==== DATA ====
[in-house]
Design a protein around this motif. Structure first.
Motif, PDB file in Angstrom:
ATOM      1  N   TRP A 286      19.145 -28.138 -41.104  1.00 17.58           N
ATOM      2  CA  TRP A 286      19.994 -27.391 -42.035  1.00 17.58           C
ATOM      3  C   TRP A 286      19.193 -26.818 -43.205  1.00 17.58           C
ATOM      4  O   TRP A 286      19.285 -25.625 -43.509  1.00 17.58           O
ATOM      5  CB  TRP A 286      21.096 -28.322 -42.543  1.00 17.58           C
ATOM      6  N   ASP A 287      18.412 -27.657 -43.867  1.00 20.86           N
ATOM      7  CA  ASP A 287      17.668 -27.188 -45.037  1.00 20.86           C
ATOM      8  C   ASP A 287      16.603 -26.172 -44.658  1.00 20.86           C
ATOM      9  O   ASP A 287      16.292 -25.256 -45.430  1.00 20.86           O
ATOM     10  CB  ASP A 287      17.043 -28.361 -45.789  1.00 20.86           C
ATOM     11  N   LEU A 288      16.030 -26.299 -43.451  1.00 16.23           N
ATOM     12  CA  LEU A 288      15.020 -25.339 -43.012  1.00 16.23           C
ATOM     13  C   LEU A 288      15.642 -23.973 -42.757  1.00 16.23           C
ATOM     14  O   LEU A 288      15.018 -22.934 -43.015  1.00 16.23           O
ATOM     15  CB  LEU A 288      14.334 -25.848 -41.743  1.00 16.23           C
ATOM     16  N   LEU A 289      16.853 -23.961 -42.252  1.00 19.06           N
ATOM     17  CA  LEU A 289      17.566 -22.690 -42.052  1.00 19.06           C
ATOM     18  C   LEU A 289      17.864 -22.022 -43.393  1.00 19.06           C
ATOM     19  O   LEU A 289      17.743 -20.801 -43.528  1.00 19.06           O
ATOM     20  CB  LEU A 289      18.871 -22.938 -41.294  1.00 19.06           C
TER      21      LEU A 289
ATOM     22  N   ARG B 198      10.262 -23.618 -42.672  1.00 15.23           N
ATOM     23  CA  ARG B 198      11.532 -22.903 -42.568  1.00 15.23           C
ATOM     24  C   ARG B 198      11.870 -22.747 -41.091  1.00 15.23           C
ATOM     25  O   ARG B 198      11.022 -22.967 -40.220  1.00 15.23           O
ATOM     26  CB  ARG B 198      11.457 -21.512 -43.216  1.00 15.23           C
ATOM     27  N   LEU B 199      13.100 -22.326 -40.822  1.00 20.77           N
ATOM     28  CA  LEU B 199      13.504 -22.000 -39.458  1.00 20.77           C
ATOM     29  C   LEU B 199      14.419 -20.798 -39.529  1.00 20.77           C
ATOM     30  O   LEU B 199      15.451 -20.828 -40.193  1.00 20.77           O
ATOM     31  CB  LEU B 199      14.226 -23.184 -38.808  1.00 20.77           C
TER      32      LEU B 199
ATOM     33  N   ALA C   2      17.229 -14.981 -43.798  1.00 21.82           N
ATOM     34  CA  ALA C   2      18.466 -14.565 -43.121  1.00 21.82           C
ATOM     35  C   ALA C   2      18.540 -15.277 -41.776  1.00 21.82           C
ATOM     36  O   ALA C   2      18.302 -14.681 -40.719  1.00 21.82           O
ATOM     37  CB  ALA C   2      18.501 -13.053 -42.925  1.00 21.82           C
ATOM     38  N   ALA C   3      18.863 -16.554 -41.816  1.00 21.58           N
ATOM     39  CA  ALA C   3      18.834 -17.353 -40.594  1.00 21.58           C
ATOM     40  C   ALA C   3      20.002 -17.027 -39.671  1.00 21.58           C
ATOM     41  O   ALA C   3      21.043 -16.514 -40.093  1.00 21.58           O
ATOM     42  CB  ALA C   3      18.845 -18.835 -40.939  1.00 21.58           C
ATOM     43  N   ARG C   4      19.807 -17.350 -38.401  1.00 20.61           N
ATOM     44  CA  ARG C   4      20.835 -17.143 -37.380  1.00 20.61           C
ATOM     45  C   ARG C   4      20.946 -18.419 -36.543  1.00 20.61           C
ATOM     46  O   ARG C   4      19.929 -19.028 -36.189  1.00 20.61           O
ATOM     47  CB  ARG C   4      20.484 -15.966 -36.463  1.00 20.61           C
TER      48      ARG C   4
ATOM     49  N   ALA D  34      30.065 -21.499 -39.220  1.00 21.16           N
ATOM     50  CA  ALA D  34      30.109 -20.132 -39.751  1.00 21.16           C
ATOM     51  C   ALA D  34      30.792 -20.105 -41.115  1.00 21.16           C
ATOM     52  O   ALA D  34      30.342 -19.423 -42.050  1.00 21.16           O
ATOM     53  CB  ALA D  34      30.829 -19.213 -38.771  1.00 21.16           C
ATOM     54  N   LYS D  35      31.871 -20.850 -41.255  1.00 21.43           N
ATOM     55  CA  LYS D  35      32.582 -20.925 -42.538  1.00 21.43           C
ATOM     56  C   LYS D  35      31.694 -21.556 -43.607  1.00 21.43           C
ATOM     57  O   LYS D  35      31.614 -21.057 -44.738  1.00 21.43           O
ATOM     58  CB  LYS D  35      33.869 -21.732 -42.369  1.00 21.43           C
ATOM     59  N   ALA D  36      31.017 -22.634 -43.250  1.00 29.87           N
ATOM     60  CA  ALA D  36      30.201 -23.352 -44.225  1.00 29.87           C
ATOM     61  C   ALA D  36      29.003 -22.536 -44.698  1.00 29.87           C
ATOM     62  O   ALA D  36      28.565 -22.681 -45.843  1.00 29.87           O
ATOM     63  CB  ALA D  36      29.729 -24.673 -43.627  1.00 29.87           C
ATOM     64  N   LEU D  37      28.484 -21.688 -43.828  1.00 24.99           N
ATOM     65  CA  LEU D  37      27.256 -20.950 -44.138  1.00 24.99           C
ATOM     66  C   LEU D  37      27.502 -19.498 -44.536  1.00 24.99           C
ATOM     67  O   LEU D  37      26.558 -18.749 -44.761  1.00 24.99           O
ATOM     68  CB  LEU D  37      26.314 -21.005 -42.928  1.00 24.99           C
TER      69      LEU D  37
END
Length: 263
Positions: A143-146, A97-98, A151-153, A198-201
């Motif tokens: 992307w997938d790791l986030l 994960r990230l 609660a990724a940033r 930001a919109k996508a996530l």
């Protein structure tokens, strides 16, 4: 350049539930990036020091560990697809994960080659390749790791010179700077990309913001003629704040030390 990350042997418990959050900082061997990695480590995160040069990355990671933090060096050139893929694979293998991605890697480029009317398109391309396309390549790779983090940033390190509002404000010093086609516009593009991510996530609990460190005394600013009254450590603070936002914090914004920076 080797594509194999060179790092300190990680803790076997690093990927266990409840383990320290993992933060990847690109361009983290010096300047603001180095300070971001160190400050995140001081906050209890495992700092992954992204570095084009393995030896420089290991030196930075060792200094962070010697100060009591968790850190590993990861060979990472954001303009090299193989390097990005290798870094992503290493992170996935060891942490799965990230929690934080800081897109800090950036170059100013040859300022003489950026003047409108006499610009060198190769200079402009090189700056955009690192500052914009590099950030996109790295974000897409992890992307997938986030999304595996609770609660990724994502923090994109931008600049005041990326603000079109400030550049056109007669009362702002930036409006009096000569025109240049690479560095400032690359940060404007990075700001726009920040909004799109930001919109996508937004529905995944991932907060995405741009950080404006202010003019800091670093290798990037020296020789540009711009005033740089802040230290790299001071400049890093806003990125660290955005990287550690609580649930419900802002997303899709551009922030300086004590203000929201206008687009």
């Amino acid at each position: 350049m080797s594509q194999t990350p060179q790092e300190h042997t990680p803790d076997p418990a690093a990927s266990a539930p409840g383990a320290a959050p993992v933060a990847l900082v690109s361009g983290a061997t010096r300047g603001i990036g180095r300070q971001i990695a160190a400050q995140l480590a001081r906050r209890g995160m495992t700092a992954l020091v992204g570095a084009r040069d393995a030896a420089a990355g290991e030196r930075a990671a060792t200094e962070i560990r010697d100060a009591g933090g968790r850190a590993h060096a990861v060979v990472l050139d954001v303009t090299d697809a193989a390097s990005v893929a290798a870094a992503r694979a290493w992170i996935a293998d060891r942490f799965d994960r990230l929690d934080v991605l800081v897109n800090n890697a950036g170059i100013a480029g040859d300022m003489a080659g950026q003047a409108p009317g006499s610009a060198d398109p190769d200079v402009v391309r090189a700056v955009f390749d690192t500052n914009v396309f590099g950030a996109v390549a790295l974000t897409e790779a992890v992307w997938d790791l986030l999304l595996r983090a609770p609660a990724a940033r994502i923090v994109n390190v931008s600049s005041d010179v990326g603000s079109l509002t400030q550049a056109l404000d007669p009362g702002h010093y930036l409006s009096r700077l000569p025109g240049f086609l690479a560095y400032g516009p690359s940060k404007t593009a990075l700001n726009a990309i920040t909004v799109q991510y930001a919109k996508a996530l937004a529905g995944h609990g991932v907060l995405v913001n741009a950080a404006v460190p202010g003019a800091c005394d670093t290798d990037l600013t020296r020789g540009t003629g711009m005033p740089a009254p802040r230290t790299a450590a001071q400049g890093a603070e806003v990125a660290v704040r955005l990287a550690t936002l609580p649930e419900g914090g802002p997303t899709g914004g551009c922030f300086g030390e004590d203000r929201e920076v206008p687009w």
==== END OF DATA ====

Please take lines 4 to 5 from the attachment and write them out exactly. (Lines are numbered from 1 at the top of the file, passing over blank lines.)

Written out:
ATOM      1  N   TRP A 286      19.145 -28.138 -41.104  1.00 17.58           N
ATOM      2  CA  TRP A 286      19.994 -27.391 -42.035  1.00 17.58           C